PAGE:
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Dermatologic Manifestations of Wiskott-Aldrich Syndrome Medication

  • Author: Akimichi Morita, MD, PhD; Chief Editor: Dirk M Elston, MD  more...
Updated: Sep 05, 2014

Medication Summary

Agents for Wiskott-Aldrich syndrome medical therapy are selected based on clinical presentation and response. When treating infections, if possible, identify the suspected pathogen before selecting antibiotics. Antibiotics are indicated to treat bacterial infections and for prophylaxis in patients who have had a splenectomy. Immunoglobulins and systemic corticosteroids are indicated to treat thrombocytopenia. Use topical steroids to treat eczema. Topical steroids are effective for the eczematous lesion.



Class Summary

These agents provide functional immunoglobulins in patients whose ability to respond to bacterial antigens is abnormal, and they may inhibit platelet sequestration by the reticuloendothelial system.

Immune globulin (Gamimune N, Gammagard S/D, Sandoglobulin)


Immune globulin is used to treat thrombocytopenia; it may be indicated if the serum IgG level is low or the patient cannot produce functional antibody responses (eg, to polysaccharide antigens). Little data support routine use for immune defects in WAS in the absence of low serum IgG levels.



Class Summary

These agents have anti-inflammatory properties and cause profound and varied metabolic effects. They modify the body's immune response to diverse stimuli.

Hydrocortisone topical (Dermacort, CortaGel, Cortaid, Westcort)


Topical hydrocortisone is an adrenocorticosteroid derivative suitable for application to skin or external mucous membranes. It has mineralocorticoid and glucocorticoid effects, resulting in anti-inflammatory activity. It is used to treat eczema.

Prednisone (Deltasone)


Prednisone is an immunosuppressant for the treatment of autoimmune disorders; it may decrease inflammation by reversing increased capillary permeability and suppressing PMN activity. Prednisone stabilizes lysosomal membranes and suppresses lymphocyte and antibody production.

Contributor Information and Disclosures

Akimichi Morita, MD, PhD Professor, Chairman, Department of Dermatology, Nagoya City University Medical School, Japan

Disclosure: Nothing to disclose.

Specialty Editor Board

David F Butler, MD Section Chief of Dermatology, Central Texas Veterans Healthcare System; Professor of Dermatology, Texas A&M University College of Medicine; Founding Chair, Department of Dermatology, Scott and White Clinic

David F Butler, MD is a member of the following medical societies: American Medical Association, Alpha Omega Alpha, Association of Military Dermatologists, American Academy of Dermatology, American Society for Dermatologic Surgery, American Society for MOHS Surgery, Phi Beta Kappa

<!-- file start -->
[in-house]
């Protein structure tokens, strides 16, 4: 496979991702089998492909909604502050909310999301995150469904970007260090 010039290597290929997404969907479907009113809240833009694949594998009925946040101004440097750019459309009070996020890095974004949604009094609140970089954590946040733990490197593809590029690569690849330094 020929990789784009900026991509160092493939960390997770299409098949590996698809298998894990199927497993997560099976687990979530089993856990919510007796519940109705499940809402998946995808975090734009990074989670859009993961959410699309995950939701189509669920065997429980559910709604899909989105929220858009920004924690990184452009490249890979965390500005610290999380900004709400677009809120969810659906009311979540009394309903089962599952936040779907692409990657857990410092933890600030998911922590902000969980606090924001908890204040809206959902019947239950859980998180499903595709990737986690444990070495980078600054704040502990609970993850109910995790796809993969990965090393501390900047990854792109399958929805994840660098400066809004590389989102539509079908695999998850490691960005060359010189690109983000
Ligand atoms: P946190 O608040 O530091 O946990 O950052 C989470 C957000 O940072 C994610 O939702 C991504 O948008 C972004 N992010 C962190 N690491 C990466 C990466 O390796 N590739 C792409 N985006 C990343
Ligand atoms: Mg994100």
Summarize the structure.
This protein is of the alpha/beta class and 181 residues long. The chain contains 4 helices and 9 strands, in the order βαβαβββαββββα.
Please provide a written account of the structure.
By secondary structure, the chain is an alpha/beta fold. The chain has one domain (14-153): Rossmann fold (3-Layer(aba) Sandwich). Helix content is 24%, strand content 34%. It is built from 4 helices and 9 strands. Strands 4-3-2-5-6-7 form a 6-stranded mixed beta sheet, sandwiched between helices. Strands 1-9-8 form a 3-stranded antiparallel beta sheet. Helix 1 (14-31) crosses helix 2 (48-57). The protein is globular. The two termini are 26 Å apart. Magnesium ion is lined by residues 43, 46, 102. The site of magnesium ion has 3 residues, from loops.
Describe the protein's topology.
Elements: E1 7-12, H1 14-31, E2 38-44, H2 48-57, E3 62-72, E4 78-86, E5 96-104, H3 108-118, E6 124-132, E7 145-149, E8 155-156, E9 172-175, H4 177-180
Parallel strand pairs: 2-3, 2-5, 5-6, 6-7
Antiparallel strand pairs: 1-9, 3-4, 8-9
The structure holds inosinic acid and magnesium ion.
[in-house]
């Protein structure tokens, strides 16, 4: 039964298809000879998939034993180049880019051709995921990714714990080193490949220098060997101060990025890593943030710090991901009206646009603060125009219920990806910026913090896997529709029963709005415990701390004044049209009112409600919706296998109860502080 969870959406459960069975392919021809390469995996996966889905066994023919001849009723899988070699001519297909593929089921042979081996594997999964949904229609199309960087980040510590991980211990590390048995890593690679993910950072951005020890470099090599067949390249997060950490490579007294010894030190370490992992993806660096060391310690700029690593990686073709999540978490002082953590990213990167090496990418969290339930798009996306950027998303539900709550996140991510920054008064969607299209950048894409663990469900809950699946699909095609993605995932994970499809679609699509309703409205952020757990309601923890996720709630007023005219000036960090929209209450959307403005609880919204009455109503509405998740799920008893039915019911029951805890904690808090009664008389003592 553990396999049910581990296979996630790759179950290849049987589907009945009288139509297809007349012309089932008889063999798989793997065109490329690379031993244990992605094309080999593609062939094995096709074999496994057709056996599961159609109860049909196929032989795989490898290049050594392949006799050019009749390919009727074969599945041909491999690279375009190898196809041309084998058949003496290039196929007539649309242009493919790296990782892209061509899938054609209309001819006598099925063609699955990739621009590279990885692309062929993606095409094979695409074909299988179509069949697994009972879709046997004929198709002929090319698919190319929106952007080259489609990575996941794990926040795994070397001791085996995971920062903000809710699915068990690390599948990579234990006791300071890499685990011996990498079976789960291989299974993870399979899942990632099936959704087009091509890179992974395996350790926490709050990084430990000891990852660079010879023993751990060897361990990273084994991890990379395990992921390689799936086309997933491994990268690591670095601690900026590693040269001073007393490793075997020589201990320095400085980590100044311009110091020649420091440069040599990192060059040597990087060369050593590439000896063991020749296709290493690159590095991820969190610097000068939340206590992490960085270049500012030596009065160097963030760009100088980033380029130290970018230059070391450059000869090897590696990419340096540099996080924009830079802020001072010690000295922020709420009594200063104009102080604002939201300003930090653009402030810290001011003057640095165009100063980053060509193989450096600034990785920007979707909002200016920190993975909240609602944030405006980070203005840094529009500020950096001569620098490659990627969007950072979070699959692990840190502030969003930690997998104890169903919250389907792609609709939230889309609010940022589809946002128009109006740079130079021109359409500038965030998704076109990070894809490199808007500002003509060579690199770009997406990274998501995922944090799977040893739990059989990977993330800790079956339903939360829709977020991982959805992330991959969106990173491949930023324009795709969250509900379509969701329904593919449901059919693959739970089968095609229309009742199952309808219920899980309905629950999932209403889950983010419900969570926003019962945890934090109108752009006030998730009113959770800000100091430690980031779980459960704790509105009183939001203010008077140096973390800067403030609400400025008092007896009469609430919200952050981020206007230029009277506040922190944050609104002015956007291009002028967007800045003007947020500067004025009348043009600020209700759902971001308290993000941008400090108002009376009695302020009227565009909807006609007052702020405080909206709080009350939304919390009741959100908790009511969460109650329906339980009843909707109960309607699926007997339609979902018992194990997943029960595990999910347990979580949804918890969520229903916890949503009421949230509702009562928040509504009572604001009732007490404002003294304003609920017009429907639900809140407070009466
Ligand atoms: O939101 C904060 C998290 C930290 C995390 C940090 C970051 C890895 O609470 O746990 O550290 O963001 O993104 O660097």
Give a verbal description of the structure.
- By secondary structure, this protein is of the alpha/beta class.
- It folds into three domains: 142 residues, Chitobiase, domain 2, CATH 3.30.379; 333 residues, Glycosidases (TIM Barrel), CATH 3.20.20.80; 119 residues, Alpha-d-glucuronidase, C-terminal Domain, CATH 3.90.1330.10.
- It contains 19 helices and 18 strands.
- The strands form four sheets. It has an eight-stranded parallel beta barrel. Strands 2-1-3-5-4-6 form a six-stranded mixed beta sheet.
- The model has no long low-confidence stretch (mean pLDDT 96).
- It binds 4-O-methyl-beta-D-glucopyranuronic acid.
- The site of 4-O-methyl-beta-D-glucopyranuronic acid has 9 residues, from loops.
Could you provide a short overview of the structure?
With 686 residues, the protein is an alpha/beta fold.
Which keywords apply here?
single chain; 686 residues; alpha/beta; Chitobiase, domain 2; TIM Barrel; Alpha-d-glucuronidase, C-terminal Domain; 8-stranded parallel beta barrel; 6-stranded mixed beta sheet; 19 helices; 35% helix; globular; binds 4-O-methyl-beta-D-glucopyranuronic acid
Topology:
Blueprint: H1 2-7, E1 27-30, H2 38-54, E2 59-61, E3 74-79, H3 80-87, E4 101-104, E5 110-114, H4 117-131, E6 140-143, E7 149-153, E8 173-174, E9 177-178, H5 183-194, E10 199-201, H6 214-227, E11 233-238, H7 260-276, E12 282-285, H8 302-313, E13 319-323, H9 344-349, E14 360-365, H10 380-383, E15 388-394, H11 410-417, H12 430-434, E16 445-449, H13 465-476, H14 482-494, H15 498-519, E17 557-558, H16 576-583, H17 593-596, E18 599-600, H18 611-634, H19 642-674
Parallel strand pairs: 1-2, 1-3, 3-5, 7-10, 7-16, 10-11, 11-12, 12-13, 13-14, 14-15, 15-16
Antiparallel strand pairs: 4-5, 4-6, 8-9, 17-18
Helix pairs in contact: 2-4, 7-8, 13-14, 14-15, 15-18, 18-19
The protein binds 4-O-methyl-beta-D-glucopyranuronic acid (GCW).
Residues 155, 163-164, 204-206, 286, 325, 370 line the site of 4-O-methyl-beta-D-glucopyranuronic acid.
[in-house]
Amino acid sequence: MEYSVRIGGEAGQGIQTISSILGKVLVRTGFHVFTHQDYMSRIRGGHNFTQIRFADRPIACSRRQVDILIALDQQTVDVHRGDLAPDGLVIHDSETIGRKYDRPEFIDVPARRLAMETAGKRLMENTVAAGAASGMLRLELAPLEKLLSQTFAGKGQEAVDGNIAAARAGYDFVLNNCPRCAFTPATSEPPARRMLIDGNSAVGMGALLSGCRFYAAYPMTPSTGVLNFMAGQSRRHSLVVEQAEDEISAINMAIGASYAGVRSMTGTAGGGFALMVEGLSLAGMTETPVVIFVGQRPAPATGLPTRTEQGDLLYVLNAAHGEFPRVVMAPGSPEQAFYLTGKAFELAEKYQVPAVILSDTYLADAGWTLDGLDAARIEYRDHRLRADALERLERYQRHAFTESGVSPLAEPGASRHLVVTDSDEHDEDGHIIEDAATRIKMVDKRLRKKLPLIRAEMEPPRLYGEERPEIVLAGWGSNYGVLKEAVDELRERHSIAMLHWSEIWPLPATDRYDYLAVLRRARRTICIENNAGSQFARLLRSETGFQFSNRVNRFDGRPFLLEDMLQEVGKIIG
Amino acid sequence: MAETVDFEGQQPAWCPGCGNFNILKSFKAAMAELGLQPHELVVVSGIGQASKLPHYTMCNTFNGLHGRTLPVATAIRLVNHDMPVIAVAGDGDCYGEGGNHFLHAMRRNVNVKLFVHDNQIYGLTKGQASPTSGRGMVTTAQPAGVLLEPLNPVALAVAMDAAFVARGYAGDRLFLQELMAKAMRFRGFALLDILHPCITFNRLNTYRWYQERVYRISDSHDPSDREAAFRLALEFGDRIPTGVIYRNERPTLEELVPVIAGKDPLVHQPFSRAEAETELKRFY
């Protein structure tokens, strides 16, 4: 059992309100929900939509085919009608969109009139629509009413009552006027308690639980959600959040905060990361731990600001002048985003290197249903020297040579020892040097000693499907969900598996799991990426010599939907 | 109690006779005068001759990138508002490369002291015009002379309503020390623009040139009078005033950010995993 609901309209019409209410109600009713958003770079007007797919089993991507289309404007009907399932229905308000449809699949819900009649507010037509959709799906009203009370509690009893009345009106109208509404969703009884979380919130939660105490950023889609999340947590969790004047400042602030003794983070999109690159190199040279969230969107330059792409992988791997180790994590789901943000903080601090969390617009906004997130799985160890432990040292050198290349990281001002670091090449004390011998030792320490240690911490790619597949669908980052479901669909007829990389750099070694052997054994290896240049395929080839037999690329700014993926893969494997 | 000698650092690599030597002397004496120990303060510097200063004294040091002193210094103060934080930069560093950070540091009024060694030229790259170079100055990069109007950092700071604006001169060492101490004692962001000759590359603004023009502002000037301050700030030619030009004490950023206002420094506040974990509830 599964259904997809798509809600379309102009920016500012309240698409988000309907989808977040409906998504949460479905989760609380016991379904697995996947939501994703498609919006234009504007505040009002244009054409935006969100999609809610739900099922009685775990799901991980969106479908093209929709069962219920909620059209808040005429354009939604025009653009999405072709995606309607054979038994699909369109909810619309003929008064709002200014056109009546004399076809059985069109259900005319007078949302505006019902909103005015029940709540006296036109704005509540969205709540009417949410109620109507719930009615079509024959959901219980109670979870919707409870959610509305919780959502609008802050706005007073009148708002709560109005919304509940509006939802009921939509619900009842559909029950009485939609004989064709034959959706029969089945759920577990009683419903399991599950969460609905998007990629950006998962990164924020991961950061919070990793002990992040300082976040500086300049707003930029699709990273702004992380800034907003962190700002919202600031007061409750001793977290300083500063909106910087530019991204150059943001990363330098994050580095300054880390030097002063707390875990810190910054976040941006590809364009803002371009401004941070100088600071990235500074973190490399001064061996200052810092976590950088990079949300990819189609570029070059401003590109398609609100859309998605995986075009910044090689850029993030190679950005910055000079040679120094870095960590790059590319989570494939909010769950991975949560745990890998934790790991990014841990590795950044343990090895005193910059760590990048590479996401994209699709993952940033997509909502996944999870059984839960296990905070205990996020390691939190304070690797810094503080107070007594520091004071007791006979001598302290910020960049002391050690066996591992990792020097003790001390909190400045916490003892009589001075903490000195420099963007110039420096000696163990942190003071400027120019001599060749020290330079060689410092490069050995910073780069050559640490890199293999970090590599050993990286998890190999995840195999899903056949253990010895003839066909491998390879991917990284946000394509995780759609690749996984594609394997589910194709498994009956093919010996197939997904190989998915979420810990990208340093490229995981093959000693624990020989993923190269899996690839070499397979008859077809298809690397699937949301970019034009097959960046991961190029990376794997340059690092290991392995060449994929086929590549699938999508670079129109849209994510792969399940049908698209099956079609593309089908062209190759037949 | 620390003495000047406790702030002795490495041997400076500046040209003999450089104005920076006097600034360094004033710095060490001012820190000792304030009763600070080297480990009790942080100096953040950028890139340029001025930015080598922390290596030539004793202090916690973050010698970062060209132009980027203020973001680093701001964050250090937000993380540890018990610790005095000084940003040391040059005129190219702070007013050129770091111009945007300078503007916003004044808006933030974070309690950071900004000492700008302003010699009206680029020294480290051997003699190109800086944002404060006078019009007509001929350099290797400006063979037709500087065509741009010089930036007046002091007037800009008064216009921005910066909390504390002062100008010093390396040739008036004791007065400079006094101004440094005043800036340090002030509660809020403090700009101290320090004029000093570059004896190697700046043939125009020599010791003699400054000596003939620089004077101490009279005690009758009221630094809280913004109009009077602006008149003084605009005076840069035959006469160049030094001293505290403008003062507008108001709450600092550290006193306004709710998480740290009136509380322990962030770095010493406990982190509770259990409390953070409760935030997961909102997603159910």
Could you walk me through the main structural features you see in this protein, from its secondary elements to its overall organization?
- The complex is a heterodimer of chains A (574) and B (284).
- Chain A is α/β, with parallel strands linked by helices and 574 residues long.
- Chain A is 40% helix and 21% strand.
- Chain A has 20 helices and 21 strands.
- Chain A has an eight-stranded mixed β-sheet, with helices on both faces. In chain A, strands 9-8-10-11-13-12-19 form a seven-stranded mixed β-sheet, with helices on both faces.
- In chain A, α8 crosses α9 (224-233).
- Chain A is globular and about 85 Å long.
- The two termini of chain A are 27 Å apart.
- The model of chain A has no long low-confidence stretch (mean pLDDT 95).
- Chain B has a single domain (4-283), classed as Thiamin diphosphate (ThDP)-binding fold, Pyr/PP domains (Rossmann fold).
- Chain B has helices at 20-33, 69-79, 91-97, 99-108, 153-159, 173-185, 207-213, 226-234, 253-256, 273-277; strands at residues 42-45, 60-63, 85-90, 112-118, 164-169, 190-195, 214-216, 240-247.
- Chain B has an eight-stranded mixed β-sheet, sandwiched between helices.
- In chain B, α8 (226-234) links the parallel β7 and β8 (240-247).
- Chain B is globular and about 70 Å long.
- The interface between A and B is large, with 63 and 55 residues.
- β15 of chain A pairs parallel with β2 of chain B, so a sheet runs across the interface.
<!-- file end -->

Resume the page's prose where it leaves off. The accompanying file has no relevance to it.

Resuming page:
Disclosure: Nothing to disclose.

Robert A Schwartz, MD, MPH Professor and Head of Dermatology, Professor of Pathology, Pediatrics, Medicine, and Preventive Medicine and Community Health, Rutgers New Jersey Medical School; Visiting Professor, Rutgers University School of Public Affairs and Administration

Robert A Schwartz, MD, MPH is a member of the following medical societies: Alpha Omega Alpha, New York Academy of Medicine, American Academy of Dermatology, American College of Physicians, Sigma Xi

Disclosure: Nothing to disclose.

Chief Editor

Dirk M Elston, MD Professor and Chairman, Department of Dermatology and Dermatologic Surgery, Medical University of South Carolina College of Medicine

Dirk M Elston, MD is a member of the following medical societies: American Academy of Dermatology

Disclosure: Nothing to disclose.

Additional Contributors

Jacek C Szepietowski, MD, PhD Professor, Vice-Head, Department of Dermatology, Venereology and Allergology, Wroclaw Medical University; Director of the Institute of Immunology and Experimental Therapy, Polish Academy of Sciences, Poland

Disclosure: Received consulting fee from Orfagen for consulting; Received consulting fee from Maruho for consulting; Received consulting fee from Astellas for consulting; Received consulting fee from Abbott for consulting; Received consulting fee from Leo Pharma for consulting; Received consulting fee from Biogenoma for consulting; Received honoraria from Janssen for speaking and teaching; Received honoraria from Medac for speaking and teaching; Received consulting fee from Dignity Sciences for consulting; .

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Eczematous lesions in Wiskott-Aldrich syndrome. The lesion is essentially indistinguishable from that of atopic dermatitis except for the presence of purpura and petechiae.
A bloody crust can be seen on the red papules.
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